No worries, it’s a fairly common problem with known causes and easy solutions. You see, after replacing the faulty compressor, normally, your car’s AC system should restore its normal functionality.
However, sometimes the cooling system may still lack the capability to cool despite replacing the compressor. In such a case, you might ask yourself, why is the brand-new AC compressor not blowing in cold air?
Well, it could be a refrigerant recharge or leak issue. If not, it could be a failure of the fan motor or, simply, a bad AC belt.
Possible Causes of This Problem
As you can see, a lot of other issues can cause your car’s AC system to stop working, besides a bad compressor. Now, if your car’s cooling system isn’t working because of a faulty compressor plus one or several other issues, replacing the compressor alone won’t resolve the problem.
To help you understand this better, let me go into detail about the possible causes of an air conditioning system that is not cooling the inside of a car.
1. A Bad Compressor
As you may already know, the AC system of a car is made up of several components that work together to make sure the inside of your car is cool whenever necessary.
One of the most important components is the compressor, which plays four critical roles. To be precise, it exerts pressure on the refrigerant to cool the air and senses temperature changes inside and outside the car.
Additionally, it monitors and controls temperature output, not to mention, moves air to the condenser.
If the compressor is bad, the crucial functions above will not take place. Consequently, the air conditioning system of your car will lose the capability to cool the inside of the vehicle. Luckily, this can be easily resolved by replacing the compressor.
2. Your Car’s AC Needs a Recharge
Another important component of your car’s air conditioning system is the refrigerant. This substance is normally in the form of low-pressure gas.
However, it quickly changes to a high-pressure fluid when traveling through the various parts of the cooling system. As it does, it takes in the heat within the AC system and then releases it along its journey. This simple action helps to bring cool air into the car.
Notably, the refrigerant sometimes needs to be recharged. Otherwise, it may not perform its role effectively. Now, if the reason for your failed AC system is a bad compressor and a recharge-deficient refrigerant, your cooling system may not work after replacing the compressor if you fail to recharge the refrigerant.
3. An AC System Refrigerant Leak
To make matters worse, the refrigerant is prone to leakage just like any other fluid within your vehicle. Usually, the leakage is caused by several factors that include a broken seal, a broken gasket, or a bad air compressor.
Though it’s difficult to detect a refrigerant leak problem since the fluid instantly evaporates when it comes in contact with air, a few signs can give you a hint that your refrigerant is leaking. These signs include;
- The AC cycles go on and off frequently.
- You hear an audible click when you turn on the AC.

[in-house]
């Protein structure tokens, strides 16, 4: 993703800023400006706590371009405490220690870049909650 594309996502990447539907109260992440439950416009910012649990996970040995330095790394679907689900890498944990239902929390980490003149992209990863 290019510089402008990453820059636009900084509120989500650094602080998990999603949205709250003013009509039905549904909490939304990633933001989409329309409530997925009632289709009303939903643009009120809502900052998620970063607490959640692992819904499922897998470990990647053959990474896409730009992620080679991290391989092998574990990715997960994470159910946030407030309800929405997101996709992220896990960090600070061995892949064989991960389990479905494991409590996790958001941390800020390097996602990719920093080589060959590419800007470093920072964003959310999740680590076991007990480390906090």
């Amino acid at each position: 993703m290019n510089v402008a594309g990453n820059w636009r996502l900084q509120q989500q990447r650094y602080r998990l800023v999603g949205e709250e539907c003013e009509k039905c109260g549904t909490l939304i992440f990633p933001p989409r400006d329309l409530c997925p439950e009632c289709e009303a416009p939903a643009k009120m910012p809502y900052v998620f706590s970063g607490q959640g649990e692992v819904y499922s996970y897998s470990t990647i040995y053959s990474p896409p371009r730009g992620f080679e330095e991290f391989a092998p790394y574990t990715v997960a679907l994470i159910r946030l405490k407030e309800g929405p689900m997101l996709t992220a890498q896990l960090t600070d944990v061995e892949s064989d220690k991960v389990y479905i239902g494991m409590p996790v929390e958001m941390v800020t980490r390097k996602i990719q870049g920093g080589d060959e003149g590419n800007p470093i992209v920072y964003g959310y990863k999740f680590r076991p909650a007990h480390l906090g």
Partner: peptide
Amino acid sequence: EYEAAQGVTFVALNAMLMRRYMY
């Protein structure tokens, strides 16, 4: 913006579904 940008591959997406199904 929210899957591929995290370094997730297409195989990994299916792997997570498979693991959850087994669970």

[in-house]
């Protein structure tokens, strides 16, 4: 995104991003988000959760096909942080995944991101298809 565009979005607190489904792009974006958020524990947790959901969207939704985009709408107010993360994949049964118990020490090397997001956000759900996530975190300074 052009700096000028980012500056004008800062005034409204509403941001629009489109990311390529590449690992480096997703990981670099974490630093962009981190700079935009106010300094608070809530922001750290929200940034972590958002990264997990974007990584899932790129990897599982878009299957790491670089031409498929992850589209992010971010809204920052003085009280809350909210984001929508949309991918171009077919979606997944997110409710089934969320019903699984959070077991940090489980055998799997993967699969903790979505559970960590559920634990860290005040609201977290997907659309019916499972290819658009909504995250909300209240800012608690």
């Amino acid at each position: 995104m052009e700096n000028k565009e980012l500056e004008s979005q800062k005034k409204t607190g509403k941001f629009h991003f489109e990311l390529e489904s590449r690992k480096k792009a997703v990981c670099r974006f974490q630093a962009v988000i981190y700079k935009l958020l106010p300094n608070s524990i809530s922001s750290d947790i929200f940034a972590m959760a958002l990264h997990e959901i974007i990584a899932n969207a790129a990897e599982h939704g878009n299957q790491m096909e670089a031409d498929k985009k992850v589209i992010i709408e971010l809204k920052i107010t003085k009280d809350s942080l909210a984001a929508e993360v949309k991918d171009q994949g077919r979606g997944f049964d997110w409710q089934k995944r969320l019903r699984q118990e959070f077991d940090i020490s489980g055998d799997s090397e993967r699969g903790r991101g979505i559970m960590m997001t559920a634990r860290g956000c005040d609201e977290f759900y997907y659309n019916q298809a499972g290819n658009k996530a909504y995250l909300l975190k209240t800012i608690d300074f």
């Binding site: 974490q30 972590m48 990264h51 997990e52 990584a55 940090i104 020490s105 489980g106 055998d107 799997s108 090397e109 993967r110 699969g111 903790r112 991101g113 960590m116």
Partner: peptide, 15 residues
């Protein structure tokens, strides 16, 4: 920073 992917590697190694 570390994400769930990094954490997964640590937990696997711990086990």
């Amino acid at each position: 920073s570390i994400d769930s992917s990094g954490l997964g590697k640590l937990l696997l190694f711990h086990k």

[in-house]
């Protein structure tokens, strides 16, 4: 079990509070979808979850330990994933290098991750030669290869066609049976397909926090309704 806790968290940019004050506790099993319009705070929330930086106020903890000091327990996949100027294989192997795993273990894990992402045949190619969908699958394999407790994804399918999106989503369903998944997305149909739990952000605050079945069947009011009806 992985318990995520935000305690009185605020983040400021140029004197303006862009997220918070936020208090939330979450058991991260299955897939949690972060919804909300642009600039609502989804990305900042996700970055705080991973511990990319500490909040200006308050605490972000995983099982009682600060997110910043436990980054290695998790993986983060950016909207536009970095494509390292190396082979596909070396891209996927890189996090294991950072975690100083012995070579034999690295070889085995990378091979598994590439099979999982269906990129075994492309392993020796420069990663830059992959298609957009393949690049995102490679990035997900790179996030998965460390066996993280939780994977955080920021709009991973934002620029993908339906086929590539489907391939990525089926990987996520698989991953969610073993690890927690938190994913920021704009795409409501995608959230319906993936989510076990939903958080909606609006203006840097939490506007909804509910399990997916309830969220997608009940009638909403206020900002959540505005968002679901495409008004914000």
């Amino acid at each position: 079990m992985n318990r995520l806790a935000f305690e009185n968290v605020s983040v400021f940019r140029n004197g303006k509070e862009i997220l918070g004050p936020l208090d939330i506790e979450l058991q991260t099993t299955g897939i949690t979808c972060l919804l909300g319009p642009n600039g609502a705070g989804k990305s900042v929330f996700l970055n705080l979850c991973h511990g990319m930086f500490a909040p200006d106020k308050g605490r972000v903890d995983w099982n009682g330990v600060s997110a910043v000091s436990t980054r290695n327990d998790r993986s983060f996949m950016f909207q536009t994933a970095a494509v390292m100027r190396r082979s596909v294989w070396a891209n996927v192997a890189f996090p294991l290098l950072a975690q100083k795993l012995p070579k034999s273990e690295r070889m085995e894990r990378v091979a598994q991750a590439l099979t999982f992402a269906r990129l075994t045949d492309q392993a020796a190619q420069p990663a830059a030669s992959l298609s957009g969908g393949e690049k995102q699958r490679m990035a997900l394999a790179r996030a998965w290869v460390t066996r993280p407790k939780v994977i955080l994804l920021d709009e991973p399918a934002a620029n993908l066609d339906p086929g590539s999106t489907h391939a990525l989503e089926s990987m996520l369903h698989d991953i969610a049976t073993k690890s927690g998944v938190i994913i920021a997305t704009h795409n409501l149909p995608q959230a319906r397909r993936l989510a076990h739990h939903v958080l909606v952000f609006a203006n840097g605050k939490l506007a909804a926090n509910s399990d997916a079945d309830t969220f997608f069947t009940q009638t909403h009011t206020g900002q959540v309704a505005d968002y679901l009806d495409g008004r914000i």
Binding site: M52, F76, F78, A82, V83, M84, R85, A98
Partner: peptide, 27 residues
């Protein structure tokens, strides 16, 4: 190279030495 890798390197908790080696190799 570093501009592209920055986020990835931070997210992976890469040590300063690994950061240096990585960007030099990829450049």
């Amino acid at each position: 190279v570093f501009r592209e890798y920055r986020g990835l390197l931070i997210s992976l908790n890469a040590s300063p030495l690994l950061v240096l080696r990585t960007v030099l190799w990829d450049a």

- Oil residue appears around the AC pipe fittings and hoses.
- You hear hissing sounds coming from the AC system when the engine is off.
Now, if your AC system is not cooling because of a bad compressor and a leakage of the refrigerant, replacing the compressor won’t fix the problem if you don’t repair the leakage as well.
4. A Fan Motor Failure
Your car’s AC system is connected to one or a set of cooling fans that move the refrigerated air into the cabin. These fans are powered by a motor whose failure will result in the fans losing their ability to function.
If your car’s cooling system is not working because of a bad compressor and cooling fan motor, you’ll need to fix both problems to restore the basic function of the air conditioning.
Fixing the compressor alone will not have your cooling system working properly again.
5. A Bad AC Belt
The AC belt connects the AC compressor clutch to the engine crankshaft. This enables the compressor to turn on when the engine turns on.
Unfortunately, the serpentine or V-belt is prone to failure and this may cause the cooling system not to work as well.
If your cooling system is not working because of a bad compressor and AC belt, you want to fix both issues to restore it. If you deal with only the compressor, the AC still won’t cool.
How to Fix a Brand New AC Compressor That Does Not Make Cool Air Inside?
Here, the trick depends on the root cause of the problem and there are a few causes as shown below:
- You can recharge your refrigerant on your own at no cost or take the car to your mechanic for this. On average, it costs between $150 to $300 to get your refrigerant recharged professionally.
- Repairing the leak could set you back between $100 and $800(parts plus labor), depending on the root cause and extent of it.
- On average, it costs about $300 to $600 to replace a faulty cooling fan motor. This is inclusive of parts and labor and the specific amount you’ll pay depends on the make and model of your vehicle, plus where you take your car.
- Generally, it costs between $90 and $200 to replace a bad AC belt. The cost includes labor.
Do You Have To Recharge AC After Replacing the AC Compressor?
The short answer is yes. Otherwise, the cooling system may still not work as you’ve seen above.
The AC system of your car is prone to failure due to many reasons including a bad compressor or AC belt, not to mention, recharge-deficient refrigerant, or leaking refrigerant.
If your cooling system is not functioning because of a faulty compressor plus another issue, you want to replace the compressor and equally fix the other issue.
Replacing the component but not fixing the other problem will not restore your air conditioning.